• A release announced, “In its first analysis of online media, the Parents Television Council found that extremely graphic content and harsh profanity are just a click away for kids entering seemingly innocent search terms on YouTube, the most popular destination for online video that has undertaken several policies to control inappropriate content. The PTC’s latest study, The ‘New’ Tube, not only analyzes content in 280 of the most popular YouTube videos between March and October 2008 according to Compete Data Hub, but also takes into account the text commentary and advertisements that were available alongside the videos.” Check out the full study here.

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  • A release announced, “Civil War Preservation Trust (CWPT) members will be greeted with dramatically different sight when they open their mailboxes this month. Hallowed Ground, the group’s award-winning membership magazine, is sporting a new look meant to emphasize the dramatic visual images of the Civil War and showcase the preservation organization’s wide range of activities. It is the first makeover of the magazine in nearly decade.” Check it out here.

  • Check out The New Yorker’s George Packer’s latest blog post on Sean Penn’s recent reporting for The Nation and on Caroline Kennedy’s qualifications for the Senate seat.

  • One reader says, “This is me muttering about Time naming Obama its person of the year ONE DAY after its Washington bureau chief said he was going to work for Biden. Not like Jay Carney made the choice, but isn’t this … unseemly?”

  • A release announced, “The Institute for Politics Democracy & the Internet (IPDI), part of the Graduate School of Political Management at the George Washington University, today announced that the upcoming 16th Annual Politics Online Conference would be produced in partnership with Campaigns & Elections’ Politics magazine.” Learn more here.

  • reports, “American Media Lays Off About a Dozen Staffers”

  • Jossip looks at “5 Indestructible Magazines”

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  • Check out the wsRadio iPhone Network — “Turning iPhones into Radio Receivers.” Learn more here.

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  • This holiday season, donate to Reporters Without Borders. For more information, click here.

  • “The National Journalism Center is seeking Spring and Summer interns, who will be placed at media outlets around the Washington. D.C. area, gaining real-world experience from professionals in the field. Interns receive a $1,000 per month stipend for the duration of the 12-week program. Students can take their internships for credit, as well.” Learn more here.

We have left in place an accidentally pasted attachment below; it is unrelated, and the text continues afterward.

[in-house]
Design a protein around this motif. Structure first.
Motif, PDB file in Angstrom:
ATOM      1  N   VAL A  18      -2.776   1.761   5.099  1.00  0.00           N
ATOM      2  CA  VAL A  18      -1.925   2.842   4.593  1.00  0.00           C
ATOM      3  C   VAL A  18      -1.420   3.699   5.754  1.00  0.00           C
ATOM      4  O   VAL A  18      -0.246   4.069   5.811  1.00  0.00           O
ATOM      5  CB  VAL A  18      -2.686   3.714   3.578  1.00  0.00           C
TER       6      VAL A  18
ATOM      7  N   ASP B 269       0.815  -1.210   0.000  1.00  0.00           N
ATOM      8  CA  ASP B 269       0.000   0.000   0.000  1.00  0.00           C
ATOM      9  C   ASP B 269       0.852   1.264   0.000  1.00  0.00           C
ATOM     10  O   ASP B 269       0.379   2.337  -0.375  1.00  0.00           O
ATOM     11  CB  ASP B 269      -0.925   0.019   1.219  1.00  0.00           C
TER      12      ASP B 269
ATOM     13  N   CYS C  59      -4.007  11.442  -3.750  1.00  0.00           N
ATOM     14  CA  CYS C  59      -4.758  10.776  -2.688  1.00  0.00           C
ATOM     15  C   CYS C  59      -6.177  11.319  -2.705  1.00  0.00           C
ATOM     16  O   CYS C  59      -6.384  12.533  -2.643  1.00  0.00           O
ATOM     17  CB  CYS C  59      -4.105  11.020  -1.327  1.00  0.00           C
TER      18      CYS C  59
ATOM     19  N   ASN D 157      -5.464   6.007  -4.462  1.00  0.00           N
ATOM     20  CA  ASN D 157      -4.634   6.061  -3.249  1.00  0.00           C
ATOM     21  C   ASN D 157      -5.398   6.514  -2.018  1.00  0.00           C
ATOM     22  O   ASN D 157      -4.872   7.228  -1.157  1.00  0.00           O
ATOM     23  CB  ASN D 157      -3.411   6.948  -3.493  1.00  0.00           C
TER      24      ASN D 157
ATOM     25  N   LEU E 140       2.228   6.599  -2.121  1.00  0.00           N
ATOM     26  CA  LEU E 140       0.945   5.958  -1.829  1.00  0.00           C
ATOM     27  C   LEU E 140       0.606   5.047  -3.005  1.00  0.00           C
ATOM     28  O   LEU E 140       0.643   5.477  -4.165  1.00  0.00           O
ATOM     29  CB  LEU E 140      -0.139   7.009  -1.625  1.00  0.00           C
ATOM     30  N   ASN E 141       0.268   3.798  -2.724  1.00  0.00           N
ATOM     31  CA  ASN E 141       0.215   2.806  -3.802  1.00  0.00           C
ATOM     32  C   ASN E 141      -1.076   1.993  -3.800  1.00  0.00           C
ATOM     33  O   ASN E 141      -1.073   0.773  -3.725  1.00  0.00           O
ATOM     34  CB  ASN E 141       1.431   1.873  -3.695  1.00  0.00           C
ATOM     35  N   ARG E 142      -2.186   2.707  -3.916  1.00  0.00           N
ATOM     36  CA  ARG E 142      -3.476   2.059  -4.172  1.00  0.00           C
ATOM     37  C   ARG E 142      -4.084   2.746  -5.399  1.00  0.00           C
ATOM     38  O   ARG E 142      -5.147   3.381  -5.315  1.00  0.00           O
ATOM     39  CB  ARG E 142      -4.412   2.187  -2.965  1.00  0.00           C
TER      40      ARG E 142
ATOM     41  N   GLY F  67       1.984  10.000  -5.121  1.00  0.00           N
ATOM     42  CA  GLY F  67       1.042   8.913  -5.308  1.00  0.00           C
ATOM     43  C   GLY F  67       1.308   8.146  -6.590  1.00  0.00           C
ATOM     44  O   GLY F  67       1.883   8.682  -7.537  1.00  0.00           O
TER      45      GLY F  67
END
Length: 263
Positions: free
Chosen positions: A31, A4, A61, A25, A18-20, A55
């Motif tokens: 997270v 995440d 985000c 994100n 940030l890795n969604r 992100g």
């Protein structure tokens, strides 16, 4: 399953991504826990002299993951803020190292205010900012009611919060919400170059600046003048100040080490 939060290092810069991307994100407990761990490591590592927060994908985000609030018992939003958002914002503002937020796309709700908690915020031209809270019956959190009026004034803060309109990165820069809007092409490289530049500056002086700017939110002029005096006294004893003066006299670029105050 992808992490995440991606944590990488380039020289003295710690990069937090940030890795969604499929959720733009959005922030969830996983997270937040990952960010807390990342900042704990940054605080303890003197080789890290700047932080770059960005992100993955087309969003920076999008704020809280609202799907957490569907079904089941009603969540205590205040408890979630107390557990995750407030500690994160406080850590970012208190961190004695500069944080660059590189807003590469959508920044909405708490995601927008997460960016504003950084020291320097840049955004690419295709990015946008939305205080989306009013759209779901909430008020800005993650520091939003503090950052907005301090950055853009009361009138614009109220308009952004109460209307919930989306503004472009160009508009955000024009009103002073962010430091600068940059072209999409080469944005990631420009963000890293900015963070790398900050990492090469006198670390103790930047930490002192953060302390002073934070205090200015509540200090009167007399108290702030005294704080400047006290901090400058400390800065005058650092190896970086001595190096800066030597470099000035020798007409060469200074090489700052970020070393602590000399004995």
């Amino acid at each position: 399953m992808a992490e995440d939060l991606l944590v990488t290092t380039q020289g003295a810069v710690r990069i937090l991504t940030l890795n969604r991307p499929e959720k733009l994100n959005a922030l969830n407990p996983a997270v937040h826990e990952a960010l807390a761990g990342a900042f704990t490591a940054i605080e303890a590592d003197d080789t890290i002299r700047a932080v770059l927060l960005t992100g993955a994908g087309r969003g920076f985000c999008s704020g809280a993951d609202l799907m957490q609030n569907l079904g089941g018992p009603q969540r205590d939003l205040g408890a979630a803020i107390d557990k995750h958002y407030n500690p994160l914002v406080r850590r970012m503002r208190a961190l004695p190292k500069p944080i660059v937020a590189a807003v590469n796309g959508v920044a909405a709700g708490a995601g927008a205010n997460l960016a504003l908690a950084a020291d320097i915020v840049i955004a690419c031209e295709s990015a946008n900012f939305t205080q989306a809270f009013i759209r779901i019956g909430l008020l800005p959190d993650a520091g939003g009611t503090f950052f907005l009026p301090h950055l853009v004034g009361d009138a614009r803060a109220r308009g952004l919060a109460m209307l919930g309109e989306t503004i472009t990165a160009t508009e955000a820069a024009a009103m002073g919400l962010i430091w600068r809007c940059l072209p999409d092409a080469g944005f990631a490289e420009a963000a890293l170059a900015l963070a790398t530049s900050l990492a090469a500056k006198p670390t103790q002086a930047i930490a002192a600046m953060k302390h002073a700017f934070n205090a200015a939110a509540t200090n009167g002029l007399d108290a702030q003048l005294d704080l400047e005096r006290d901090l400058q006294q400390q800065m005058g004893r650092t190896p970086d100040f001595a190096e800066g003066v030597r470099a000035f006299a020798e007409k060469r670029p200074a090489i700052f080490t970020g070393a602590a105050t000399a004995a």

• CJR asks, “Which book would you recommend to the journalistic community?”

  • Washington Times’ Christina Bellantoni writes, “I wrote a story last month noting that President-elect Barack Obama had broken the record for number of press conferences held by an incoming POTUS. Since then he’s shattered every record imaginable.”

  • On Obama Pressers, Washington Post’s Dana Milbank writes, “No Comment — and NoDoz”

  • A release announced, “Barbara Feinman Todd, an associate dean of journalism at Georgetown University and co-director of the Pearl Project, filed a lawsuit in U.S. District Court for the District of Columbia against eight government agencies this morning. The decision to turn to the courts was reached after 27 Freedom of Information Act (FOIA) requests filed by Feinman Todd and her students yielded no useful information from the government. The Pearl Project seeks to uncover the truth behind the 2002 kidnapping and murder of Wall Street Journal reporter Daniel Pearl in Karachi, Pakistan. The project began as an investigative journalism course at Georgetown University and was co-taught by Feinman Todd and Asra Nomani, a former Wall Street Journal reporter and friend of Pearl. The project is now sponsored by the nonpartisan Center for Public Integrity in Washington, D.C.”

  • Salameh Nematt writes at The Daily Beast, “Shoes aren’t the only things President Bush had to duck this week — Arab cartoonists from around the world have been taking their best shots in newspapers, on websites and blogs. Do the following cartoons (complete with translated captions) hit the mark or step on the joke?”

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  • The Observer Newspapers are looking for a Reporter.

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    Hat Tips: DCRTV, Michael Calderone, TVNewser, IWantMedia, Romenesko, MediaBistro, JournalismJobs, JournalismNext, Mic Check Radio, New York Times’ On This Day